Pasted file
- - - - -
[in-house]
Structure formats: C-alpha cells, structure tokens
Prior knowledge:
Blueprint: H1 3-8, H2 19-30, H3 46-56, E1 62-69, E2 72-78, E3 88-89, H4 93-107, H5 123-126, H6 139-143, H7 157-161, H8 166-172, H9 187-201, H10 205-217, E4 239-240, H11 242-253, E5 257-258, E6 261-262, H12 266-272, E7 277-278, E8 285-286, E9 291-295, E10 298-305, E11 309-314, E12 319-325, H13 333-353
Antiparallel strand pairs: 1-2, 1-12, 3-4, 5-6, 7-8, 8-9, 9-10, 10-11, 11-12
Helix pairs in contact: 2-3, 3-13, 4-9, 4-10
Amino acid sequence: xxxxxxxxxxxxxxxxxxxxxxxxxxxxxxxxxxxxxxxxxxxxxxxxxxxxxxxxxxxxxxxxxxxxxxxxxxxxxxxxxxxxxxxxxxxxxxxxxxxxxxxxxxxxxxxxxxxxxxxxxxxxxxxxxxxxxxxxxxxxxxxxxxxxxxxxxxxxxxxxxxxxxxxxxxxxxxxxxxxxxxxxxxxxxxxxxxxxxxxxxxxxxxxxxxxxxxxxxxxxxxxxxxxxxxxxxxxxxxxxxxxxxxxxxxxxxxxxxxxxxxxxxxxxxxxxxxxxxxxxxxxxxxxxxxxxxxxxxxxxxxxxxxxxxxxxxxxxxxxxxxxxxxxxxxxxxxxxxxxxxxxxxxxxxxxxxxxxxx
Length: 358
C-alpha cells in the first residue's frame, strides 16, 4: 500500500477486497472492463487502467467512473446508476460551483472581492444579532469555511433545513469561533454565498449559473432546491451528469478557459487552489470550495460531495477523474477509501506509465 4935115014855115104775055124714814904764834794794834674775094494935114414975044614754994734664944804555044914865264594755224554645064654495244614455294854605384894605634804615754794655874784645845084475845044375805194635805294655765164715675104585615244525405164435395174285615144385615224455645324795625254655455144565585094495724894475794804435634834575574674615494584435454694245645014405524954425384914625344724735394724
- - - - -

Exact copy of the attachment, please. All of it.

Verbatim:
[in-house]
Structure formats: C-alpha cells, structure tokens
Prior knowledge:
Blueprint: H1 3-8, H2 19-30, H3 46-56, E1 62-69, E2 72-78, E3 88-89, H4 93-107, H5 123-126, H6 139-143, H7 157-161, H8 166-172, H9 187-201, H10 205-217, E4 239-240, H11 242-253, E5 257-258, E6 261-262, H12 266-272, E7 277-278, E8 285-286, E9 291-295, E10 298-305, E11 309-314, E12 319-325, H13 333-353
Antiparallel strand pairs: 1-2, 1-12, 3-4, 5-6, 7-8, 8-9, 9-10, 10-11, 11-12
Helix pairs in contact: 2-3, 3-13, 4-9, 4-10
Amino acid sequence: xxxxxxxxxxxxxxxxxxxxxxxxxxxxxxxxxxxxxxxxxxxxxxxxxxxxxxxxxxxxxxxxxxxxxxxxxxxxxxxxxxxxxxxxxxxxxxxxxxxxxxxxxxxxxxxxxxxxxxxxxxxxxxxxxxxxxxxxxxxxxxxxxxxxxxxxxxxxxxxxxxxxxxxxxxxxxxxxxxxxxxxxxxxxxxxxxxxxxxxxxxxxxxxxxxxxxxxxxxxxxxxxxxxxxxxxxxxxxxxxxxxxxxxxxxxxxxxxxxxxxxxxxxxxxxxxxxxxxxxxxxxxxxxxxxxxxxxxxxxxxxxxxxxxxxxxxxxxxxxxxxxxxxxxxxxxxxxxxxxxxxxxxxxxxxxxxxxxxx
Length: 358
C-alpha cells in the first residue's frame, strides 16, 4: 500500500477486497472492463487502467467512473446508476460551483472581492444579532469555511433545513469561533454565498449559473432546491451528469478557459487552489470550495460531495477523474477509501506509465 4935115014855115104775055124714814904764834794794834674775094494935114414975044614754994734664944804555044914865264594755224554645064654495244614455294854605384894605634804615754794655874784645845084475845044375805194635805294655765164715675104585615244525405164435395174285615144385615224455645324795625254655455144565585094495724894475794804435634834575574674615494584435454694245645014405524954425384914625344724735394724